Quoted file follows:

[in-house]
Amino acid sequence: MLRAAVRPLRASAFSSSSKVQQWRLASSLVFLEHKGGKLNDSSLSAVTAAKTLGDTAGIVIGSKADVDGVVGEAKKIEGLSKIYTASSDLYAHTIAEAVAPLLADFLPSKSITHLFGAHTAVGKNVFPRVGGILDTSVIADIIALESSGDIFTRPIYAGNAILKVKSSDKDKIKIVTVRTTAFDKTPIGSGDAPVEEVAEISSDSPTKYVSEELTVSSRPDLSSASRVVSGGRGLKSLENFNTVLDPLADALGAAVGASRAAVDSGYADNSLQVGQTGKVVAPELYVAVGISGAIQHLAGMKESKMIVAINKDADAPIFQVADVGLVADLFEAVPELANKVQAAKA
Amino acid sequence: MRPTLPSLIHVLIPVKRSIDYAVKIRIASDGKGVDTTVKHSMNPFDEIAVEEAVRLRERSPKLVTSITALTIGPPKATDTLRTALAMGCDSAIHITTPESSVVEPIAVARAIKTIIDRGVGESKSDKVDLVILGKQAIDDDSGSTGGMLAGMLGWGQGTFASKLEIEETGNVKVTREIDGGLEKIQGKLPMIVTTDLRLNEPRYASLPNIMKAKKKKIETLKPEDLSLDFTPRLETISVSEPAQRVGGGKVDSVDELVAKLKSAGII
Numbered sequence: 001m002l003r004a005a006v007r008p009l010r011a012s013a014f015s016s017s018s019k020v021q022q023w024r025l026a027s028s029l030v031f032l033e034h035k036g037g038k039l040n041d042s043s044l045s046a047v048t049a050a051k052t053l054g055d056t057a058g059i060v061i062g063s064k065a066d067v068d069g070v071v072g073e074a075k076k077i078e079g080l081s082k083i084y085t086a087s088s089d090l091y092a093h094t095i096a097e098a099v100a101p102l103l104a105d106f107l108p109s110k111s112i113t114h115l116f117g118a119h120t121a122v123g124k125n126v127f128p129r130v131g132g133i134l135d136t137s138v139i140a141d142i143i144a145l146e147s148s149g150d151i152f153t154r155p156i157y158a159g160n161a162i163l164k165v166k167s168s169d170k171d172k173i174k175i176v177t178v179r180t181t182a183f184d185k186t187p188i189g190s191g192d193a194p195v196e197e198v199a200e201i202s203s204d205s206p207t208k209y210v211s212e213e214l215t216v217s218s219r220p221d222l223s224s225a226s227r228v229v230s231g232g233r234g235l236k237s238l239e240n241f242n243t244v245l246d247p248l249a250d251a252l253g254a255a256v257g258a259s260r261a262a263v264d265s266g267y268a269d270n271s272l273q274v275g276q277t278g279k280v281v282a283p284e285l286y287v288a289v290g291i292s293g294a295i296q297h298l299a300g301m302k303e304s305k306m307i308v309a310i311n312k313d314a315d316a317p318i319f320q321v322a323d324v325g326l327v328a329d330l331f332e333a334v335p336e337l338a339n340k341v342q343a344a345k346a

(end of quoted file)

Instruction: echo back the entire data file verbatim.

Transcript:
[in-house]
Amino acid sequence: MLRAAVRPLRASAFSSSSKVQQWRLASSLVFLEHKGGKLNDSSLSAVTAAKTLGDTAGIVIGSKADVDGVVGEAKKIEGLSKIYTASSDLYAHTIAEAVAPLLADFLPSKSITHLFGAHTAVGKNVFPRVGGILDTSVIADIIALESSGDIFTRPIYAGNAILKVKSSDKDKIKIVTVRTTAFDKTPIGSGDAPVEEVAEISSDSPTKYVSEELTVSSRPDLSSASRVVSGGRGLKSLENFNTVLDPLADALGAAVGASRAAVDSGYADNSLQVGQTGKVVAPELYVAVGISGAIQHLAGMKESKMIVAINKDADAPIFQVADVGLVADLFEAVPELANKVQAAKA
Amino acid sequence: MRPTLPSLIHVLIPVKRSIDYAVKIRIASDGKGVDTTVKHSMNPFDEIAVEEAVRLRERSPKLVTSITALTIGPPKATDTLRTALAMGCDSAIHITTPESSVVEPIAVARAIKTIIDRGVGESKSDKVDLVILGKQAIDDDSGSTGGMLAGMLGWGQGTFASKLEIEETGNVKVTREIDGGLEKIQGKLPMIVTTDLRLNEPRYASLPNIMKAKKKKIETLKPEDLSLDFTPRLETISVSEPAQRVGGGKVDSVDELVAKLKSAGII
Numbered sequence: 001m002l003r004a005a006v007r008p009l010r011a012s013a014f015s016s017s018s019k020v021q022q023w024r025l026a027s028s029l030v031f032l033e034h035k036g037g038k039l040n041d042s043s044l045s046a047v048t049a050a051k052t053l054g055d056t057a058g059i060v061i062g063s064k065a066d067v068d069g070v071v072g073e074a075k076k077i078e079g080l081s082k083i084y085t086a087s088s089d090l091y092a093h094t095i096a097e098a099v100a101p102l103l104a105d106f107l108p109s110k111s112i113t114h115l116f117g118a119h120t121a122v123g124k125n126v127f128p129r130v131g132g133i134l135d136t137s138v139i140a141d142i143i144a145l146e147s148s149g150d151i152f153t154r155p156i157y158a159g160n161a162i163l164k165v166k167s168s169d170k171d172k173i174k175i176v177t178v179r180t181t182a183f184d185k186t187p188i189g190s191g192d193a194p195v196e197e198v199a200e201i202s203s204d205s206p207t208k209y210v211s212e213e214l215t216v217s218s219r220p221d222l223s224s225a226s227r228v229v230s231g232g233r234g235l236k237s238l239e240n241f242n243t244v245l246d247p248l249a250d251a252l253g254a255a256v257g258a259s260r261a262a263v264d265s266g267y268a269d270n271s272l273q274v275g276q277t278g279k280v281v282a283p284e285l286y287v288a289v290g291i292s293g294a295i296q297h298l299a300g301m302k303e304s305k306m307i308v309a310i311n312k313d314a315d316a317p318i319f320q321v322a323d324v325g326l327v328a329d330l331f332e333a334v335p336e337l338a339n340k341v342q343a344a345k346a